How to read it: Annie Swynnerton’s The Letter

Published 20 March 2018

In 1922, the Royal Academy elected its first female member in over 150 years: Annie Swynnerton. Here’s how to read her enigmatic painting of a young woman, currently on display in Manchester.

    • Annie Swynnerton ARA, The Letter

      Annie Swynnerton ARA, The Letter, ?1900-20.

      Part of the RA CollectionOil on canvas. 1016 mm x 482 mm. © Photo: John Hammond.

      Is this a portrait?

      Maybe. The pioneering Victorian artist Annie Swynnerton was a successful portrait painter – she was a member of the Royal Society of Portrait Painters and her sitters included the author Henry James and leading Suffragist Millicent Fawcett – but this painting is notably different to those works. Portraits of the era tended to show the subject looking directly at the viewer, but the girl in this painting is shown in profile, absorbed in reading a letter. Although we don’t know who the sitter was, there are some clues in the painting – her clothing, for instance, indicates that she belongs to a wealthy family.

      What is she reading?

      We don’t know! While frustrating, this is true of many well-known paintings that depict people reading letters. The most famous example is probably Vermeer’s Woman Reading a Letter, which like The Letter shows a woman in profile to the left, reading by the light flowing through a window from that direction.

      In both these paintings, we observe people responding to personal correspondence with the implication that it might be of great significance to them. Since we don’t know what the letter says, we’re left to imagine its message for ourselves.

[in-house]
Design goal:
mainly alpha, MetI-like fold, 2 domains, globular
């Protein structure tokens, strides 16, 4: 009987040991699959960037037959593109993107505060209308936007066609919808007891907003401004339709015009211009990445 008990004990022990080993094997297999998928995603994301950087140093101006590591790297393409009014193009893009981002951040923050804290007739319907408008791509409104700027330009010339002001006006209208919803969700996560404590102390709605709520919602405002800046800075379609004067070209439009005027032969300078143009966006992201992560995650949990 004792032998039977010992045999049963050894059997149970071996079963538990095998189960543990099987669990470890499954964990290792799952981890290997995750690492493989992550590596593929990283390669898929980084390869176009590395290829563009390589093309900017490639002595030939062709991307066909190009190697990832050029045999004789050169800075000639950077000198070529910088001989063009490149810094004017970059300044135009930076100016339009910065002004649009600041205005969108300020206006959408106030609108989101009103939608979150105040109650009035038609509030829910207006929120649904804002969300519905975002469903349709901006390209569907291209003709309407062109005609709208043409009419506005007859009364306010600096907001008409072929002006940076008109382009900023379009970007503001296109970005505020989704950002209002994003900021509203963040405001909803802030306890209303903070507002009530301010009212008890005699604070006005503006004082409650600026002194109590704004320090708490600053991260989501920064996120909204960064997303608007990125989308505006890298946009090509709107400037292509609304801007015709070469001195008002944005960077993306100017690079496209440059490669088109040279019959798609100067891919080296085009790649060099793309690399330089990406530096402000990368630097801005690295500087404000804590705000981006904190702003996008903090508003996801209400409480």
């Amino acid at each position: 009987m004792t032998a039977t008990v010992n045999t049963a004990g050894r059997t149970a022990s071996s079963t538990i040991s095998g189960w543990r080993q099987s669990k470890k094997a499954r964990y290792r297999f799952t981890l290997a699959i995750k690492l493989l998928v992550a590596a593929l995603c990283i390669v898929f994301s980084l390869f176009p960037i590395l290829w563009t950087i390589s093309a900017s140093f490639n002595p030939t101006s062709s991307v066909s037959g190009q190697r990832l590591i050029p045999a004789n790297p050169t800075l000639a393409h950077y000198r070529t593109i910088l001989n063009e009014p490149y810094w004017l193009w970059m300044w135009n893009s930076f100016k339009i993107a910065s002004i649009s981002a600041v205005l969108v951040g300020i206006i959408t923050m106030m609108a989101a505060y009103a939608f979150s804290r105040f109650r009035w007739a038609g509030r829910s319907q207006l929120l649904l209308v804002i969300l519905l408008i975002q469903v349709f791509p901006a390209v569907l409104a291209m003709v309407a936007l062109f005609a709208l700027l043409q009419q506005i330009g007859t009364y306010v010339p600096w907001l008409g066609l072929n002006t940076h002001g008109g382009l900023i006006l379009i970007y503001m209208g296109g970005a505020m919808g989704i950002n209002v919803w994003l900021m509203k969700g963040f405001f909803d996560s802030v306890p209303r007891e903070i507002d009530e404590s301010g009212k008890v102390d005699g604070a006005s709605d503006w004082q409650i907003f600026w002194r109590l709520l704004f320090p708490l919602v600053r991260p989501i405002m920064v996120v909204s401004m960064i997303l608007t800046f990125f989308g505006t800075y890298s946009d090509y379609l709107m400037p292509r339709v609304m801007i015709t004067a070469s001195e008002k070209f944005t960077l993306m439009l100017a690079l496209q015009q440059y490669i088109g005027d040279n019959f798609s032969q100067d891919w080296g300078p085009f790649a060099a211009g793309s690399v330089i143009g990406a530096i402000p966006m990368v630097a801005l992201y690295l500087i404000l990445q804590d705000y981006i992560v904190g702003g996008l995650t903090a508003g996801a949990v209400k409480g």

Who was Annie Swynnerton?

      An internationally acclaimed painter and passionate campaigner for women’s rights, Swynnerton co-founded the Manchester Society of Women Painters and supported the Women’s Suffrage movement. Born in Manchester in 1844, she began her artistic training at the Manchester School of Art, where women were still banned from drawing nude models, before travelling to Paris and Rome, where she was able to study life drawing.

      She exhibited at the Royal Academy from 1879 and her work was championed by Academicians including John Singer Sargent, who bought her painting Oreads and presented it the Tate Gallery in 1922. The same year, Sargent and another collector of Swynnerton’s work, George Clausen, nominated Swynnerton for membership to the RA.

      However, due to Swynnerton’s age at the time – 78 – she was made a “retired Associate”, meaning she played no active role in Academy affairs. She died in 1933, three years before the RA finally elected its first female Academician, Laura Knight. In Knight’s autobiography, she wrote:

  • We women who have the good fortune to be born later than Mrs Swynnerton profit by her accomplishments. Any woman reaching the heights in the fine arts had been almost unknown until Mrs Swynnerton came and broke down the barriers of prejudice.

    Dame Laura Knight

  • Why is the painting so narrow?

    From her time in Rome, Swynnerton would have been familiar with Italian Renaissance altarpieces, which often featured slender side panels depicting individual saints. These panels may have influenced her decision to make this unusually narrow work. The dimensions create a claustrophobic atmosphere, in which the girl appears trapped by the confines of the canvas. Given Swynnerton’s strong support for the suffrage movement and the advancement of female artists, it’s tempting to interpret this formal decision as a metaphor for the limited options available to young women and the consequences of such inequality.

    Where can I see more of her work?

    In February 2018, Manchester Art Gallery opened the first retrospective of Swynnerton’s work for nearly a century. It’s a fitting location, since Swynnerton’s first and only major exhibition in her lifetime was also held at the gallery, in 1923. The exhibition includes a number of works left to the gallery by Swynnerton herself, as well as The Letter, on loan from the Royal Academy. The year after her death, the RA Council was given the opportunity to purchase The Letter from its original buyer. The decision was approved unanimously.

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